Despite researchers extensively studying COVID-19's systematic effects, little is known about its long-term effect on the oral cavity. The new study showed COVID-19 survivors can experience oral manifestations of disease months after hospital discharge.
"Overall, this retrospective and prospective cohort study of COVID-19 survivors revealed that residual damage of the oral cavity persists in the vast majority of patients far beyond clinical recovery, and suggests that the oral cavity represents a preferential target for SARS-CoV-2 infection," wrote the authors, led by Dr. Enrico Gherlone, a professor of clinical dentistry at Vita-Salute San Raffaele University and director of the dentistry unit at the IRCCS San Raffaele Scientific Hospital in Milan.
The study included 122 adults who had been hospitalized for COVID-19 treatment at San Raffaele University Hospital between July 23 and September 7, 2020. A dentist performed a comprehensive extraoral and intraoral examination on the survivors about three months after discharge.
The most reported condition, salivary gland ectasia, was "unexpectedly common," in the COVID-19 survivors, the authors noted. Salivary gland ectasia affected 38% of the cohort and was more prevalent among patients who were older and had more severe markers of COVID-19.
Furthermore, one-quarter of patients experienced dry mouth, and 18% reported masticatory muscle weakness. Patients with dry mouth tended to be older and have diabetes or chronic obstructive pulmonary disease (COPD), while those with masticatory muscle weakness were younger in age.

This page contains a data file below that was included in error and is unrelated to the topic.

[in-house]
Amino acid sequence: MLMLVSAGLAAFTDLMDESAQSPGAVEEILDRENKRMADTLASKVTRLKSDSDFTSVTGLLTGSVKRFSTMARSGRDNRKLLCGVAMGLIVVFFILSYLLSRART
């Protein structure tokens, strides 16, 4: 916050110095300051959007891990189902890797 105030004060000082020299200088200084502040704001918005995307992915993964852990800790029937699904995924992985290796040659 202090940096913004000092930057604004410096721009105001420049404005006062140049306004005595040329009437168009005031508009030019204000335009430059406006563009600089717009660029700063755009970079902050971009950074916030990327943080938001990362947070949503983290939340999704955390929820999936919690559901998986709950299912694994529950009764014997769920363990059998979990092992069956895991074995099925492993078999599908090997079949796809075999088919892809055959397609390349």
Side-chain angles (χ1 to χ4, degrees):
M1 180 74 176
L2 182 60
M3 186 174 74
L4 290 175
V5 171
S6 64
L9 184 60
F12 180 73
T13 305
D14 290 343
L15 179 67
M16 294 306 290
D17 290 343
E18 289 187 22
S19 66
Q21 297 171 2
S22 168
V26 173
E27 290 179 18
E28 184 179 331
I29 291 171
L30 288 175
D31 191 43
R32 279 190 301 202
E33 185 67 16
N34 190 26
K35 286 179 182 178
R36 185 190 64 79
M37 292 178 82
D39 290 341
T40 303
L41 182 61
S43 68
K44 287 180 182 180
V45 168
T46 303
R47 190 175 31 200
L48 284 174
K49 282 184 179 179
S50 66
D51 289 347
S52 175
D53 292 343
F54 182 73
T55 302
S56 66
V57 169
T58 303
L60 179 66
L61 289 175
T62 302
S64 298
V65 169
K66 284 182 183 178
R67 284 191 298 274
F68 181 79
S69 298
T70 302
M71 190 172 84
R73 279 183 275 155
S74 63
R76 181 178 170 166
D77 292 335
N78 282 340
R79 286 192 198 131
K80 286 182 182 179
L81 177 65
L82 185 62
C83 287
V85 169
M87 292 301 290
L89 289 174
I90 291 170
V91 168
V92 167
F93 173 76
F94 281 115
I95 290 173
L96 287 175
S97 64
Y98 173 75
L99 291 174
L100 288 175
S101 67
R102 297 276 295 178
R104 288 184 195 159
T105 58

Facial pain and nerve conditions were also common in the cohort, perhaps reflecting SARS-CoV-2's reported neurological effects. Survivor complaints included temporomandibular joint (TMJ) abnormalities (7%), facial tingling (3%), and trigeminal neuralgia (3%).
Other conditions observed in the cohort included white tongue, oral ulcers, and altered taste and smell. One patient experienced facial asymmetry.
"The oral cavity seems to be a privileged and accessible environment for the interaction of SARS-CoV-2 with target cells and with the mucosal immune system," the authors wrote, although they couldn't be sure the oral manifestations were the direct result of the virus.
For instance, patients with salivary gland ectasia had experienced a more severe course of COVID-19 with higher levels of inflammation. But they also had been given more antibiotics, which can disrupt the oral microbiome.
"It is more likely that oral involvement occurs as a consequence of the host inflammatory response, which is responsible for most morbidity and mortality in COVID-19," the authors wrote.
Regardless of the exact mechanisms, the findings help clarify the oral conditions that may be seen in COVID-19 survivors. While future research is still needed, dentists are well-positioned to lead research efforts on the link between SARS-CoV-2 and oral diseases, the authors noted.
"The dental team can thus contribute to improving the quality of prevention and treatment of COVID-19 and to increasing the scientific knowledge regarding this relatively new disease," authors wrote.
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